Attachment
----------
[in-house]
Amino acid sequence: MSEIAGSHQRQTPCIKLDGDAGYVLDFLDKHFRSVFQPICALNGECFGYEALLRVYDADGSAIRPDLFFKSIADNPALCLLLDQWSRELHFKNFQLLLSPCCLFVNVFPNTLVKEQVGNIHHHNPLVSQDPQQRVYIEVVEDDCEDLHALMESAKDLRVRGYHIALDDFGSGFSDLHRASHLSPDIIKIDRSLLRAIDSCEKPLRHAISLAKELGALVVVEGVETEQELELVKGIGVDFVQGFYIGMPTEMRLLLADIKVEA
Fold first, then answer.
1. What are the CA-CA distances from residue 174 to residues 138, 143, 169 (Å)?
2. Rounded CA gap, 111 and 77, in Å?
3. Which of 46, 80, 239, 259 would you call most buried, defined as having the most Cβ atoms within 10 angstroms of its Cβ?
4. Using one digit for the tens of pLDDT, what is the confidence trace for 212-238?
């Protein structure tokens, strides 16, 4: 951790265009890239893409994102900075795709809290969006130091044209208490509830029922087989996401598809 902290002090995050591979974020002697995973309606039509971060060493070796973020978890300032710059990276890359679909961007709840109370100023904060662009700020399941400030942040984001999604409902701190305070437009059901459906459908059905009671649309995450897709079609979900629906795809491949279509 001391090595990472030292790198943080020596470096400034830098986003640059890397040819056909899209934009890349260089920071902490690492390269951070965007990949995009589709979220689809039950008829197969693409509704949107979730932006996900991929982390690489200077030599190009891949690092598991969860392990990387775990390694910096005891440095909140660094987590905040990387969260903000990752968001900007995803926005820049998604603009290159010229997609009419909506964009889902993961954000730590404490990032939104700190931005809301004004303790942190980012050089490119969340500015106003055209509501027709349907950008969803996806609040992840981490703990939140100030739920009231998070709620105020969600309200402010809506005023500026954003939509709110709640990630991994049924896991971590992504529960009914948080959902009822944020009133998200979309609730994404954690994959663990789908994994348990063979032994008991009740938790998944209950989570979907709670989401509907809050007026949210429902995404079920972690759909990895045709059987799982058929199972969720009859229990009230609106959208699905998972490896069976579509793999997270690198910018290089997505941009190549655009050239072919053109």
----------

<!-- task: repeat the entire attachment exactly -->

[in-house]
Amino acid sequence: MSEIAGSHQRQTPCIKLDGDAGYVLDFLDKHFRSVFQPICALNGECFGYEALLRVYDADGSAIRPDLFFKSIADNPALCLLLDQWSRELHFKNFQLLLSPCCLFVNVFPNTLVKEQVGNIHHHNPLVSQDPQQRVYIEVVEDDCEDLHALMESAKDLRVRGYHIALDDFGSGFSDLHRASHLSPDIIKIDRSLLRAIDSCEKPLRHAISLAKELGALVVVEGVETEQELELVKGIGVDFVQGFYIGMPTEMRLLLADIKVEA
Fold first, then answer.
1. What are the CA-CA distances from residue 174 to residues 138, 143, 169 (Å)?
2. Rounded CA gap, 111 and 77, in Å?
3. Which of 46, 80, 239, 259 would you call most buried, defined as having the most Cβ atoms within 10 angstroms of its Cβ?
4. Using one digit for the tens of pLDDT, what is the confidence trace for 212-238?
């Protein structure tokens, strides 16, 4: 951790265009890239893409994102900075795709809290969006130091044209208490509830029922087989996401598809 902290002090995050591979974020002697995973309606039509971060060493070796973020978890300032710059990276890359679909961007709840109370100023904060662009700020399941400030942040984001999604409902701190305070437009059901459906459908059905009671649309995450897709079609979900629906795809491949279509 001391090595990472030292790198943080020596470096400034830098986003640059890397040819056909899209934009890349260089920071902490690492390269951070965007990949995009589709979220689809039950008829197969693409509704949107979730932006996900991929982390690489200077030599190009891949690092598991969860392990990387775990390694910096005891440095909140660094987590905040990387969260903000990752968001900007995803926005820049998604603009290159010229997609009419909506964009889902993961954000730590404490990032939104700190931005809301004004303790942190980012050089490119969340500015106003055209509501027709349907950008969803996806609040992840981490703990939140100030739920009231998070709620105020969600309200402010809506005023500026954003939509709110709640990630991994049924896991971590992504529960009914948080959902009822944020009133998200979309609730994404954690994959663990789908994994348990063979032994008991009740938790998944209950989570979907709670989401509907809050007026949210429902995404079920972690759909990895045709059987799982058929199972969720009859229990009230609106959208699905998972490896069976579509793999997270690198910018290089997505941009190549655009050239072919053109």